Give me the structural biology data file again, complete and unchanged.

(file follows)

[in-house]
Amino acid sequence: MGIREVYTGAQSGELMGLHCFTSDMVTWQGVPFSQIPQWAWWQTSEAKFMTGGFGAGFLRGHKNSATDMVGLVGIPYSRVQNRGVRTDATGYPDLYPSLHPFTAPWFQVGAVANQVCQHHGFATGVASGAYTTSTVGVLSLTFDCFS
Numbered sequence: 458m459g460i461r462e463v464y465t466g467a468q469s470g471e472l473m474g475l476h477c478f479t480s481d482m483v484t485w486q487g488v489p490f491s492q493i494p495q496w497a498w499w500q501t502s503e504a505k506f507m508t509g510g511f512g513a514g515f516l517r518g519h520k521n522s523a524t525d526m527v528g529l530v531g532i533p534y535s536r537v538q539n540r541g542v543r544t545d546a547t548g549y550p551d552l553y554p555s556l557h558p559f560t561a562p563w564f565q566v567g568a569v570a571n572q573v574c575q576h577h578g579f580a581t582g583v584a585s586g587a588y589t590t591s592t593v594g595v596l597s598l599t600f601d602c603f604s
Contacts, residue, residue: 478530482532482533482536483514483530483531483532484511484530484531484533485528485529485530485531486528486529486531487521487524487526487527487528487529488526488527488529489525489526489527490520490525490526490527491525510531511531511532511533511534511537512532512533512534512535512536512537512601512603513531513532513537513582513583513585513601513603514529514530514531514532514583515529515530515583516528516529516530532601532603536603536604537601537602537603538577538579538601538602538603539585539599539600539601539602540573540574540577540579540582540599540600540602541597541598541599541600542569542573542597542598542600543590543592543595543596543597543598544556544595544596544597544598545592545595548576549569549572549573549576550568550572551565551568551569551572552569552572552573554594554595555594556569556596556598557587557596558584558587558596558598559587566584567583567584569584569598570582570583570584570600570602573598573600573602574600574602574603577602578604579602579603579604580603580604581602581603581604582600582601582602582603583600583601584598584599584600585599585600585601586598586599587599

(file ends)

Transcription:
[in-house]
Amino acid sequence: MGIREVYTGAQSGELMGLHCFTSDMVTWQGVPFSQIPQWAWWQTSEAKFMTGGFGAGFLRGHKNSATDMVGLVGIPYSRVQNRGVRTDATGYPDLYPSLHPFTAPWFQVGAVANQVCQHHGFATGVASGAYTTSTVGVLSLTFDCFS
Numbered sequence: 458m459g460i461r462e463v464y465t466g467a468q469s470g471e472l473m474g475l476h477c478f479t480s481d482m483v484t485w486q487g488v489p490f491s492q493i494p495q496w497a498w499w500q501t502s503e504a505k506f507m508t509g510g511f512g513a514g515f516l517r518g519h520k521n522s523a524t525d526m527v528g529l530v531g532i533p534y535s536r537v538q539n540r541g542v543r544t545d546a547t548g549y550p551d552l553y554p555s556l557h558p559f560t561a562p563w564f565q566v567g568a569v570a571n572q573v574c575q576h577h578g579f580a581t582g583v584a585s586g587a588y589t590t591s592t593v594g595v596l597s598l599t600f601d602c603f604s
Contacts, residue, residue: 478530482532482533482536483514483530483531483532484511484530484531484533485528485529485530485531486528486529486531487521487524487526487527487528487529488526488527488529489525489526489527490520490525490526490527491525510531511531511532511533511534511537512532512533512534512535512536512537512601512603513531513532513537513582513583513585513601513603514529514530514531514532514583515529515530515583516528516529516530532601532603536603536604537601537602537603538577538579538601538602538603539585539599539600539601539602540573540574540577540579540582540599540600540602541597541598541599541600542569542573542597542598542600543590543592543595543596543597543598544556544595544596544597544598545592545595548576549569549572549573549576550568550572551565551568551569551572552569552572552573554594554595555594556569556596556598557587557596558584558587558596558598559587566584567583567584569584569598570582570583570584570600570602573598573600573602574600574602574603577602578604579602579603579604580603580604581602581603581604582600582601582602582603583600583601584598584599584600585599585600585601586598586599587599